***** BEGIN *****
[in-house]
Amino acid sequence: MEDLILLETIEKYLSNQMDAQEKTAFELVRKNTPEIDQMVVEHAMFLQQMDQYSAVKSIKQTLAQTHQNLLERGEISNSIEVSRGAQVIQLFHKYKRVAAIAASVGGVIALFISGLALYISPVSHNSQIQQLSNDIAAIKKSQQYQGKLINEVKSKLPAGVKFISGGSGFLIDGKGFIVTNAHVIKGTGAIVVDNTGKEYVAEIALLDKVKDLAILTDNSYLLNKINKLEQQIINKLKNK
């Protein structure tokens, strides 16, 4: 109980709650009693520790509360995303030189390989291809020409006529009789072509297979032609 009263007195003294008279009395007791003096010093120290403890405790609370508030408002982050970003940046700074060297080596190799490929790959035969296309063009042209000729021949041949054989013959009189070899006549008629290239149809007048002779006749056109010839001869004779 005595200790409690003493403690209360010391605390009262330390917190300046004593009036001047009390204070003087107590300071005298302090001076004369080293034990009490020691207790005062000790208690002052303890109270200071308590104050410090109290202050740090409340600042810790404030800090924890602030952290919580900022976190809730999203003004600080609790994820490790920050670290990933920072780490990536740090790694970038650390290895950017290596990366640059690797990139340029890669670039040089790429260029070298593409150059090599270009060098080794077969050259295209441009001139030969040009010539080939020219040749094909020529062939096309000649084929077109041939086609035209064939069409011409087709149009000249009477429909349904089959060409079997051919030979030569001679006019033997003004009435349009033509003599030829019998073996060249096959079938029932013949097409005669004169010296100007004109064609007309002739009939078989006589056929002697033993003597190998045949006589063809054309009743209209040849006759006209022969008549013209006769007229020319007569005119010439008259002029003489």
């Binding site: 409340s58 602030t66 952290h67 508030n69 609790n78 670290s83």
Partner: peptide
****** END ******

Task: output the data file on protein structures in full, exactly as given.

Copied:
[in-house]
Amino acid sequence: MEDLILLETIEKYLSNQMDAQEKTAFELVRKNTPEIDQMVVEHAMFLQQMDQYSAVKSIKQTLAQTHQNLLERGEISNSIEVSRGAQVIQLFHKYKRVAAIAASVGGVIALFISGLALYISPVSHNSQIQQLSNDIAAIKKSQQYQGKLINEVKSKLPAGVKFISGGSGFLIDGKGFIVTNAHVIKGTGAIVVDNTGKEYVAEIALLDKVKDLAILTDNSYLLNKINKLEQQIINKLKNK
């Protein structure tokens, strides 16, 4: 109980709650009693520790509360995303030189390989291809020409006529009789072509297979032609 009263007195003294008279009395007791003096010093120290403890405790609370508030408002982050970003940046700074060297080596190799490929790959035969296309063009042209000729021949041949054989013959009189070899006549008629290239149809007048002779006749056109010839001869004779 005595200790409690003493403690209360010391605390009262330390917190300046004593009036001047009390204070003087107590300071005298302090001076004369080293034990009490020691207790005062000790208690002052303890109270200071308590104050410090109290202050740090409340600042810790404030800090924890602030952290919580900022976190809730999203003004600080609790994820490790920050670290990933920072780490990536740090790694970038650390290895950017290596990366640059690797990139340029890669670039040089790429260029070298593409150059090599270009060098080794077969050259295209441009001139030969040009010539080939020219040749094909020529062939096309000649084929077109041939086609035209064939069409011409087709149009000249009477429909349904089959060409079997051919030979030569001679006019033997003004009435349009033509003599030829019998073996060249096959079938029932013949097409005669004169010296100007004109064609007309002739009939078989006589056929002697033993003597190998045949006589063809054309009743209209040849006759006209022969008549013209006769007229020319007569005119010439008259002029003489």
């Binding site: 409340s58 602030t66 952290h67 508030n69 609790n78 670290s83």
Partner: peptide